doctors refusing to continue - page 9
this is about an elderly man and his doctor who has refused to continue: because he said that to continue would be "grotesque" Isn't it just as grotesque to abandon the patient?... Read More
Jun 30, '08 by mizfraddQuote from leemacazita and here's visual proof of why ita:unfortunately, my family has shown me the decisions they made for others the...that they would not give permission to disconnect me....in event of an accident that was serious, you all know nothing i say in the er will be given any credence...that is why i carry the orange dnr/dni card....
my problem is just that there seems to be no real mechanism which satisfies both geting treatment yet assuring that, should the need arise, someone will just pull the plug..anyway i do not ever want on a ventilator...as far as i can tell it just means the surgeons can't use any paralytic agents....
with no guarantee i would not be kept on a ventilator i opt to try and refuse the use of one at all...i am well aware that these are my feelings and that for whatever reasons (s) there is a really scary reality that an accident could place me in a position where what i want or wish wont be honored.
john graziano and the extent of his injuries has been recently released
on this video by his family for the world to see and he's far worse than
was reported by the media of "just being in a coma."
i believe quality of life overides quantity of life.
people need living wills and health directives in place!
i and my husband have both. our lawyer, our pcp's and children have
copies. we will never fall victim to a so-called "life" that is just existence.
Jun 30, '08 by mizfraddQuote from RNKittyKatKaren was weaned off the ventilator for so long a time and so many times a day....which was still against the Quinlan family wishes, but during that era, the Dr.'s refused to totally disconnect her vent.Anyone remember the case of Karen Ann Quinlan? The family was Roman Catholic. I believe the problem was the opposite though. The docs wanted to keep her on life support. The family believed that life support was in direct contradiction to God's timing and not a divine but human intervention. The courts agreed with the Quinlans and she was taken off the vent. She continued breathing, her heart beating for some years I believe but never regained consciousness.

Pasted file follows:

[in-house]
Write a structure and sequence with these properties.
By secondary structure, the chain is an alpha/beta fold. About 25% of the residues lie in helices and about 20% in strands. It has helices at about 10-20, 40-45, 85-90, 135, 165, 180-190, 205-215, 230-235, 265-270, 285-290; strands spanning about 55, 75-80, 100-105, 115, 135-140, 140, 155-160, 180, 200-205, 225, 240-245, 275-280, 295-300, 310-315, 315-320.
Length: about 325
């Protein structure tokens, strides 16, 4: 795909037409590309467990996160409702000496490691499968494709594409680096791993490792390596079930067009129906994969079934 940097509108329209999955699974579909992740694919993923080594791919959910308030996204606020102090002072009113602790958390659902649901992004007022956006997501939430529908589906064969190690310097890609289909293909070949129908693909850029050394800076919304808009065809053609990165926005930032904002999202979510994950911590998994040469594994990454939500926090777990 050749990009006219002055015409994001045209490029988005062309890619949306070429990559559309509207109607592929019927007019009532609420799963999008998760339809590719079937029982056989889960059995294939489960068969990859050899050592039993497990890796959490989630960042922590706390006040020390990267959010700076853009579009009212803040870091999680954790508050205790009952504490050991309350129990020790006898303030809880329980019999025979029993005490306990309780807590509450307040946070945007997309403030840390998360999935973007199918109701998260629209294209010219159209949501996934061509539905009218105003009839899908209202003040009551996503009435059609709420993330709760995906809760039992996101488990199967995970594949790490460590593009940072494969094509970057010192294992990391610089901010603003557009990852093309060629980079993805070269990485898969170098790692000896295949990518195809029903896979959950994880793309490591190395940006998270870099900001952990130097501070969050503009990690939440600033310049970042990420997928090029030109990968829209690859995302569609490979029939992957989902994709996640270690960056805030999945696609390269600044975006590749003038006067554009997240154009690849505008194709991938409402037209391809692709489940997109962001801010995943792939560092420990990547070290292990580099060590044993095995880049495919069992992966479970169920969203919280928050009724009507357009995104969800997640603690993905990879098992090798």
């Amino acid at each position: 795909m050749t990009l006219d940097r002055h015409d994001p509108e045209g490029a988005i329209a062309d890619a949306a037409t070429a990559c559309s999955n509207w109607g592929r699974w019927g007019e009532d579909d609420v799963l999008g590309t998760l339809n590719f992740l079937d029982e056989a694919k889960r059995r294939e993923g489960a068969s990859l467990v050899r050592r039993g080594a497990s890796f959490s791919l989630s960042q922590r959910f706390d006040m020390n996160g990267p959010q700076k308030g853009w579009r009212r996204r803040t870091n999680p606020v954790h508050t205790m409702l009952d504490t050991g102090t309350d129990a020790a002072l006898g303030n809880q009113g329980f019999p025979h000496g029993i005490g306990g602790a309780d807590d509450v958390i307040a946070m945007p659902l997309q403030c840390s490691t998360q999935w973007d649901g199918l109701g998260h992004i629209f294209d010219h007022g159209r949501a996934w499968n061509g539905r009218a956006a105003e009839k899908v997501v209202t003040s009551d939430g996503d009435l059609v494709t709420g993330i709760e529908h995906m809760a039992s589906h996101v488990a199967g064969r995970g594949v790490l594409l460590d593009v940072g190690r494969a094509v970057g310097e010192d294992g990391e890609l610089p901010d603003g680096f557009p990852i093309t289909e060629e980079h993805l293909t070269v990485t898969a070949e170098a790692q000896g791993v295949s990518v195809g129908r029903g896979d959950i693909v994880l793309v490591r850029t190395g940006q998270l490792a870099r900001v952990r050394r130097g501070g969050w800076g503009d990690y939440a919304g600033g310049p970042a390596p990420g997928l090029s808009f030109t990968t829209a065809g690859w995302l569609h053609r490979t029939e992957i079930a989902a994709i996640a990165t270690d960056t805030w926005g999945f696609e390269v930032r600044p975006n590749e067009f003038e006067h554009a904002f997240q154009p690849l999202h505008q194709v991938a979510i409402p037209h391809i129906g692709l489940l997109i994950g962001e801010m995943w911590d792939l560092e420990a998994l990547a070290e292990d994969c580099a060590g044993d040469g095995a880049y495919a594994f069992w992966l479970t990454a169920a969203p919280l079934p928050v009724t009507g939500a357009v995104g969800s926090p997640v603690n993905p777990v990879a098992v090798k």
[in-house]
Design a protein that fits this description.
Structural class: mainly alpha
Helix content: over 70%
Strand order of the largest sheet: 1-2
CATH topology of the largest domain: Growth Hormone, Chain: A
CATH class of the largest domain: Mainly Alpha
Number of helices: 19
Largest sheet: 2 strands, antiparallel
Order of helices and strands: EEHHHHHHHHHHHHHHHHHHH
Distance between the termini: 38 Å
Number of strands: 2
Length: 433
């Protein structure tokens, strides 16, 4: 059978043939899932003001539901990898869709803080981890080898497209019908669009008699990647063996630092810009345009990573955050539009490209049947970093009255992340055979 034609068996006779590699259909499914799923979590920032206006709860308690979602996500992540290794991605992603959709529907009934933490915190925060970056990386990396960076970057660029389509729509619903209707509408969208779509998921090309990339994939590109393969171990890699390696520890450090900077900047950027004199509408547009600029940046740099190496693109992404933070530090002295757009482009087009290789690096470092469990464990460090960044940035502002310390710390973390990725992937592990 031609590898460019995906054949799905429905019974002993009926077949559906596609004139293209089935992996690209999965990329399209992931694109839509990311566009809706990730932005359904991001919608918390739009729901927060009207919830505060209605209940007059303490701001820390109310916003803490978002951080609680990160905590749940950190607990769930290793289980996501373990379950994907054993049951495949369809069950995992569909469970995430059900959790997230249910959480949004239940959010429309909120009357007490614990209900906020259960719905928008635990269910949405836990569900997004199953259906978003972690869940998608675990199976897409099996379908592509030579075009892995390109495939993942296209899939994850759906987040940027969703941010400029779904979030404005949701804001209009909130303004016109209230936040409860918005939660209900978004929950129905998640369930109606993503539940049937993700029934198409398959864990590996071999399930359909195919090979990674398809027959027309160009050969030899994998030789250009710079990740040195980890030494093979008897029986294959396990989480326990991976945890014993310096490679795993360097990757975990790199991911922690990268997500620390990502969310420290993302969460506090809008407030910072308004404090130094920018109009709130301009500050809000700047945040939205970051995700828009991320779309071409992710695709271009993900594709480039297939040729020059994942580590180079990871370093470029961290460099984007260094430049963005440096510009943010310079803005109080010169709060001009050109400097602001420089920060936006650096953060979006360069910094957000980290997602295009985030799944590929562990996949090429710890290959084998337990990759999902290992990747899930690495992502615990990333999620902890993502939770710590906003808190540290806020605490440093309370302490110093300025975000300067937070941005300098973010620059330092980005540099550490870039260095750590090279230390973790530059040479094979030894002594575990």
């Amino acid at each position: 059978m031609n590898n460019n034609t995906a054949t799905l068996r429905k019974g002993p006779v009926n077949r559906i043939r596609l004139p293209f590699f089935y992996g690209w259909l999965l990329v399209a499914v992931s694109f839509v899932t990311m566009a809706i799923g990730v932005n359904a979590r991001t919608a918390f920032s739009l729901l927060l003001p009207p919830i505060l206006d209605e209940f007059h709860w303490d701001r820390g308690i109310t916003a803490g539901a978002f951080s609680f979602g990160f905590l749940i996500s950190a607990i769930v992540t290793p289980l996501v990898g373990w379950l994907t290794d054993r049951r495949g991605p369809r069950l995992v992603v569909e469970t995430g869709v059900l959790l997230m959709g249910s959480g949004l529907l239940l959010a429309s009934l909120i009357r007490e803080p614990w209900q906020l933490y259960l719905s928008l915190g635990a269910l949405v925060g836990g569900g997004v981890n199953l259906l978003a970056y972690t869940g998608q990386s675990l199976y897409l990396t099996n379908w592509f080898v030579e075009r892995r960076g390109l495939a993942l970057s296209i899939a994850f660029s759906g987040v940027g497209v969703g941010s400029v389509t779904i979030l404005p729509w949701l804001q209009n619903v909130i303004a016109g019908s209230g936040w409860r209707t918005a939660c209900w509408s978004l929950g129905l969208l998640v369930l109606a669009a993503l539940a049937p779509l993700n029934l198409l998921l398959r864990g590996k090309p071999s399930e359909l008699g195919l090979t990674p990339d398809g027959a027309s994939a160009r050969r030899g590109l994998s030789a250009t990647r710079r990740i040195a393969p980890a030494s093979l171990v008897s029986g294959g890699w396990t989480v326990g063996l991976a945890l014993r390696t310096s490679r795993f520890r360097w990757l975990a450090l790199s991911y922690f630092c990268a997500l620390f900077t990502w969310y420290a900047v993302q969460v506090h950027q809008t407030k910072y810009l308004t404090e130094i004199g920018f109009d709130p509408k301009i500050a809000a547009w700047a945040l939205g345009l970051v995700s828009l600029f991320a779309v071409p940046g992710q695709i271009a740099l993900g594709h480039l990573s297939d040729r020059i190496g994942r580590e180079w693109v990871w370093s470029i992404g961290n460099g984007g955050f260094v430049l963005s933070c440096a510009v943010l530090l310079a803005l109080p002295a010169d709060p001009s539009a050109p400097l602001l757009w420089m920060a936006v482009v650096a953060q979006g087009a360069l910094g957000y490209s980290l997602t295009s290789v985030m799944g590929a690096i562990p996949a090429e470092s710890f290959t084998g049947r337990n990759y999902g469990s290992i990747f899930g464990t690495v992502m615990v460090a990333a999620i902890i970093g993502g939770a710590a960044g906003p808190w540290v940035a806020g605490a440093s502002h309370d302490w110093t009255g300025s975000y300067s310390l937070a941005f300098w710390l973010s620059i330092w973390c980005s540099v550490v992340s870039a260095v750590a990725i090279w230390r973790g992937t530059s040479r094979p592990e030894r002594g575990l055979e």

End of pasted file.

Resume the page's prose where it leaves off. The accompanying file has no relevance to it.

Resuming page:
I believe, like the Quinlan family, that for this poor soul his time already came. This human intervention is an attempt to thwart God or nature calling this patient from life to whatever lies beyond. If it is meant for him to continue breathing or there is to be a miracle, let go and let it happen.
The question becomes what constitutes "life".
She existed in a vegetative state for a few more yrs. in a SNF and was permanently coiled in a fetal positon way before her death.
Jun 30, '08 by leemacazThankyou mizfradd. Today I was told by a nurse who is a neighbor that I am increasing my risk of stroke or other consequences by refusing a vent at all...and that they might be worse than death..so I really need to get my health directive...I only used one I found that wasn't for anything but end of life instructions (Check here for palliative care,,,check here for hydration, etc.)...My neighbor said to write down what I wanted and did not want and talk to someone who would tell me more about how to cover most of the possible occurences..and how to deal with them. In event of an accident, do the hospitals ever try to learn who your PCP is?...I doubt if my family would give the hospital my directive as it does not conform to their ideas... but I am sure my doc would...
Jul 20, '08 by rnsusanYears ago I worked in a step down unit for infants and toddlers. Beds 4-10 were all trached. Five out of the seven were ex-premies with severe lung and brain damage. They were all full codes. I got very good at putting atropine and epi down trachs. They were not ventilated, but they had feeding tubes and had minimal or no ability to feel joy. They got multiple IV sticks. They also had to be suctioned numerous times a day. One of my patient's only joy was his pacifier. The only problem was that he could only keep it in his mouth for 5 minutes. Did I mention that only 1 parent came more than once a month. Some parents never came. I learned how important quality is versus quantity.
It was a valuable lessen for when my husband became critical ill in the hospital. I was able to tell him that it was ok if he died. When he coded, my first thought/prayer was "Lord, just let him live." Within a minute or two I prayed "Lord, whatever your will is, whether he lives or he dies, do what is best for him." It is the hardest prayer I have ever said. They pronounced him within 30 minutes. We were only married 2 years. I was only 30 years old.
I agree with letting nature take it course. But I am thankful that I never had to sign a DNR.